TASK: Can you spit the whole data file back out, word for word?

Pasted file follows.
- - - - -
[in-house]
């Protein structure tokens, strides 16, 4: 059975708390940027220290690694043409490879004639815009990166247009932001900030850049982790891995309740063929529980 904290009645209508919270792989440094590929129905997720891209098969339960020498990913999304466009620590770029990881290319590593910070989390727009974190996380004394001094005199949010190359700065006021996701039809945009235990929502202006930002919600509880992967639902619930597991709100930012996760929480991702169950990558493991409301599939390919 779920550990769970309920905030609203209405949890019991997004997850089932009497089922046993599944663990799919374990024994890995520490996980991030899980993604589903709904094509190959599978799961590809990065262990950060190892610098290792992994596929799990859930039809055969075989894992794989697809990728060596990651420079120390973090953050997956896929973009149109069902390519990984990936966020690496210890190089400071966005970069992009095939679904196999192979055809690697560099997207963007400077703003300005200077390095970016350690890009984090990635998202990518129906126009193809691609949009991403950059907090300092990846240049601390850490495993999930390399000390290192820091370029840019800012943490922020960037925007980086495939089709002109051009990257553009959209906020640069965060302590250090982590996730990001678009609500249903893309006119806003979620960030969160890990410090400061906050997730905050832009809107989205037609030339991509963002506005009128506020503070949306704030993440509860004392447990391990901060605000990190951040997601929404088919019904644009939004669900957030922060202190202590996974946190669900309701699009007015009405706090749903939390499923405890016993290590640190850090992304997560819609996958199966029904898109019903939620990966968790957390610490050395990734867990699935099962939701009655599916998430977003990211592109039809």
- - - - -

[in-house]
């Protein structure tokens, strides 16, 4: 059975708390940027220290690694043409490879004639815009990166247009932001900030850049982790891995309740063929529980 904290009645209508919270792989440094590929129905997720891209098969339960020498990913999304466009620590770029990881290319590593910070989390727009974190996380004394001094005199949010190359700065006021996701039809945009235990929502202006930002919600509880992967639902619930597991709100930012996760929480991702169950990558493991409301599939390919 779920550990769970309920905030609203209405949890019991997004997850089932009497089922046993599944663990799919374990024994890995520490996980991030899980993604589903709904094509190959599978799961590809990065262990950060190892610098290792992994596929799990859930039809055969075989894992794989697809990728060596990651420079120390973090953050997956896929973009149109069902390519990984990936966020690496210890190089400071966005970069992009095939679904196999192979055809690697560099997207963007400077703003300005200077390095970016350690890009984090990635998202990518129906126009193809691609949009991403950059907090300092990846240049601390850490495993999930390399000390290192820091370029840019800012943490922020960037925007980086495939089709002109051009990257553009959209906020640069965060302590250090982590996730990001678009609500249903893309006119806003979620960030969160890990410090400061906050997730905050832009809107989205037609030339991509963002506005009128506020503070949306704030993440509860004392447990391990901060605000990190951040997601929404088919019904644009939004669900957030922060202190202590996974946190669900309701699009007015009405706090749903939390499923405890016993290590640190850090992304997560819609996958199966029904898109019903939620990966968790957390610490050395990734867990699935099962939701009655599916998430977003990211592109039809």